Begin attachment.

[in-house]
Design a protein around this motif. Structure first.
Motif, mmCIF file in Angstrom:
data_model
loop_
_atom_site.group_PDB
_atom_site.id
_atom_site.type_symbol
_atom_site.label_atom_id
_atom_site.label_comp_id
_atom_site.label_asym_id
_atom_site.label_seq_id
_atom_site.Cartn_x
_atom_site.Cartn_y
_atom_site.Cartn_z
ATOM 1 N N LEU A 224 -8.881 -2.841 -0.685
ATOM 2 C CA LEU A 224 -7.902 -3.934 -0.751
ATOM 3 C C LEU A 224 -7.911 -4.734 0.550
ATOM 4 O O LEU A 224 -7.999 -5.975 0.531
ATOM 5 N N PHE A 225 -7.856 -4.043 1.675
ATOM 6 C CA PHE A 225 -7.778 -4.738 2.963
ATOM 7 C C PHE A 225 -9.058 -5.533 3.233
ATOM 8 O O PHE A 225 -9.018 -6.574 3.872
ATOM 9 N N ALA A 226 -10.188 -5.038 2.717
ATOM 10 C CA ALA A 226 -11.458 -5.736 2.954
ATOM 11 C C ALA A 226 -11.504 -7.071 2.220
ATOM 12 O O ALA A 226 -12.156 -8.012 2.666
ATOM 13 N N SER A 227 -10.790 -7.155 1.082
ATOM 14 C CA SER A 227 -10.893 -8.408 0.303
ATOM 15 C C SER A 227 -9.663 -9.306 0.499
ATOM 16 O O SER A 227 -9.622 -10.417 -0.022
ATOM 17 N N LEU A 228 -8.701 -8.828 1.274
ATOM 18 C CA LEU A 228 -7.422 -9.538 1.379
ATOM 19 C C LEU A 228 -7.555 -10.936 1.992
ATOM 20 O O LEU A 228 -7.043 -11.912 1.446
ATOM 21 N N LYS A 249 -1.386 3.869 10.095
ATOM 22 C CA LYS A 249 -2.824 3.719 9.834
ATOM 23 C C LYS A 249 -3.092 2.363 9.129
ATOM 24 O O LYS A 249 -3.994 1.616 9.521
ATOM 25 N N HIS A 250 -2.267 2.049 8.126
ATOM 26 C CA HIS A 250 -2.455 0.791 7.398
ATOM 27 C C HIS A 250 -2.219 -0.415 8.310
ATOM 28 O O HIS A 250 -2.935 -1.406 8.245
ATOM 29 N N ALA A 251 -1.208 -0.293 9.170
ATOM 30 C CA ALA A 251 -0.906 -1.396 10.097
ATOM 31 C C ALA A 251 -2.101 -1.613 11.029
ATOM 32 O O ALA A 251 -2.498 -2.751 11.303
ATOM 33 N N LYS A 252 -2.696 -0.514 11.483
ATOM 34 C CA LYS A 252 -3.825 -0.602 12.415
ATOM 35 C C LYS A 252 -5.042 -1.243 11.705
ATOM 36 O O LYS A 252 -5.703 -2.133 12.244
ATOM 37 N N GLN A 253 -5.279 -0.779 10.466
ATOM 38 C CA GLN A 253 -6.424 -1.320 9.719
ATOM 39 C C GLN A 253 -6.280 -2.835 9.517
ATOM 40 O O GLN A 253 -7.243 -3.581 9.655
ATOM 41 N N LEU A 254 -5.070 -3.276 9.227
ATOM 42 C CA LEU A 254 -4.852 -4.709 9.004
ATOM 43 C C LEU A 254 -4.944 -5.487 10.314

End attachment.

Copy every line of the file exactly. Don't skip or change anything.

[in-house]
Design a protein around this motif. Structure first.
Motif, mmCIF file in Angstrom:
data_model
loop_
_atom_site.group_PDB
_atom_site.id
_atom_site.type_symbol
_atom_site.label_atom_id
_atom_site.label_comp_id
_atom_site.label_asym_id
_atom_site.label_seq_id
_atom_site.Cartn_x
_atom_site.Cartn_y
_atom_site.Cartn_z
ATOM 1 N N LEU A 224 -8.881 -2.841 -0.685
ATOM 2 C CA LEU A 224 -7.902 -3.934 -0.751
ATOM 3 C C LEU A 224 -7.911 -4.734 0.550
ATOM 4 O O LEU A 224 -7.999 -5.975 0.531
ATOM 5 N N PHE A 225 -7.856 -4.043 1.675
ATOM 6 C CA PHE A 225 -7.778 -4.738 2.963
ATOM 7 C C PHE A 225 -9.058 -5.533 3.233
ATOM 8 O O PHE A 225 -9.018 -6.574 3.872
ATOM 9 N N ALA A 226 -10.188 -5.038 2.717
ATOM 10 C CA ALA A 226 -11.458 -5.736 2.954
ATOM 11 C C ALA A 226 -11.504 -7.071 2.220
ATOM 12 O O ALA A 226 -12.156 -8.012 2.666
ATOM 13 N N SER A 227 -10.790 -7.155 1.082
ATOM 14 C CA SER A 227 -10.893 -8.408 0.303
ATOM 15 C C SER A 227 -9.663 -9.306 0.499
ATOM 16 O O SER A 227 -9.622 -10.417 -0.022
ATOM 17 N N LEU A 228 -8.701 -8.828 1.274
ATOM 18 C CA LEU A 228 -7.422 -9.538 1.379
ATOM 19 C C LEU A 228 -7.555 -10.936 1.992
ATOM 20 O O LEU A 228 -7.043 -11.912 1.446
ATOM 21 N N LYS A 249 -1.386 3.869 10.095
ATOM 22 C CA LYS A 249 -2.824 3.719 9.834
ATOM 23 C C LYS A 249 -3.092 2.363 9.129
ATOM 24 O O LYS A 249 -3.994 1.616 9.521
ATOM 25 N N HIS A 250 -2.267 2.049 8.126
ATOM 26 C CA HIS A 250 -2.455 0.791 7.398
ATOM 27 C C HIS A 250 -2.219 -0.415 8.310
ATOM 28 O O HIS A 250 -2.935 -1.406 8.245
ATOM 29 N N ALA A 251 -1.208 -0.293 9.170
ATOM 30 C CA ALA A 251 -0.906 -1.396 10.097
ATOM 31 C C ALA A 251 -2.101 -1.613 11.029
ATOM 32 O O ALA A 251 -2.498 -2.751 11.303
ATOM 33 N N LYS A 252 -2.696 -0.514 11.483
ATOM 34 C CA LYS A 252 -3.825 -0.602 12.415
ATOM 35 C C LYS A 252 -5.042 -1.243 11.705
ATOM 36 O O LYS A 252 -5.703 -2.133 12.244
ATOM 37 N N GLN A 253 -5.279 -0.779 10.466
ATOM 38 C CA GLN A 253 -6.424 -1.320 9.719
ATOM 39 C C GLN A 253 -6.280 -2.835 9.517
ATOM 40 O O GLN A 253 -7.243 -3.581 9.655
ATOM 41 N N LEU A 254 -5.070 -3.276 9.227
ATOM 42 C CA LEU A 254 -4.852 -4.709 9.004
ATOM 43 C C LEU A 254 -4.944 -5.487 10.314